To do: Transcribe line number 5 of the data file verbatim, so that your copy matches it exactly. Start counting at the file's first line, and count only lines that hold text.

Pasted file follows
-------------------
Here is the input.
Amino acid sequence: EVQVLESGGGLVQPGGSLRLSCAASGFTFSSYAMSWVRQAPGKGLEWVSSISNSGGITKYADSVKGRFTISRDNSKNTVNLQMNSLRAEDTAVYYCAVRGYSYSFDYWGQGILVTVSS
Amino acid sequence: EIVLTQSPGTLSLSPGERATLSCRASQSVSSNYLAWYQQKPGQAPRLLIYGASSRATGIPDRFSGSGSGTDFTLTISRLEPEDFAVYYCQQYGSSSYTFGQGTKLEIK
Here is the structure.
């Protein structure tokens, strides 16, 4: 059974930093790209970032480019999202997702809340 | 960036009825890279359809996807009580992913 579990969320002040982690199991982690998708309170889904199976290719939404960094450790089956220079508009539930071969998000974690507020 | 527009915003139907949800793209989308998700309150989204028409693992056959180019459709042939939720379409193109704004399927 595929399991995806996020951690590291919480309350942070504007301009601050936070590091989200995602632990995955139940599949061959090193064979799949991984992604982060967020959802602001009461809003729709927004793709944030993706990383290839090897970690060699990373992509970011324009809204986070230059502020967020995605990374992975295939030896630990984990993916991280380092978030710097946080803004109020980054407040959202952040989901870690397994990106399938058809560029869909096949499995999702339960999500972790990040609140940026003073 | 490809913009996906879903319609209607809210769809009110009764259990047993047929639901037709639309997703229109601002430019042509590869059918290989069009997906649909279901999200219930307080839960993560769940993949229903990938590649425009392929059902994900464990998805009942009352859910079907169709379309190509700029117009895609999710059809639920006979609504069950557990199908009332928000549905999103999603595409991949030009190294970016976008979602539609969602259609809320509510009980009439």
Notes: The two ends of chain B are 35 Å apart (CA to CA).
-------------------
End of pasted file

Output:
């Protein structure tokens, strides 16, 4: 059974930093790209970032480019999202997702809340 | 960036009825890279359809996807009580992913 579990969320002040982690199991982690998708309170889904199976290719939404960094450790089956220079508009539930071969998000974690507020 | 527009915003139907949800793209989308998700309150989204028409693992056959180019459709042939939720379409193109704004399927 595929399991995806996020951690590291919480309350942070504007301009601050936070590091989200995602632990995955139940599949061959090193064979799949991984992604982060967020959802602001009461809003729709927004793709944030993706990383290839090897970690060699990373992509970011324009809204986070230059502020967020995605990374992975295939030896630990984990993916991280380092978030710097946080803004109020980054407040959202952040989901870690397994990106399938058809560029869909096949499995999702339960999500972790990040609140940026003073 | 490809913009996906879903319609209607809210769809009110009764259990047993047929639901037709639309997703229109601002430019042509590869059918290989069009997906649909279901999200219930307080839960993560769940993949229903990938590649425009392929059902994900464990998805009942009352859910079907169709379309190509700029117009895609999710059809639920006979609504069950557990199908009332928000549905999103999603595409991949030009190294970016976008979602539609969602259609809320509510009980009439």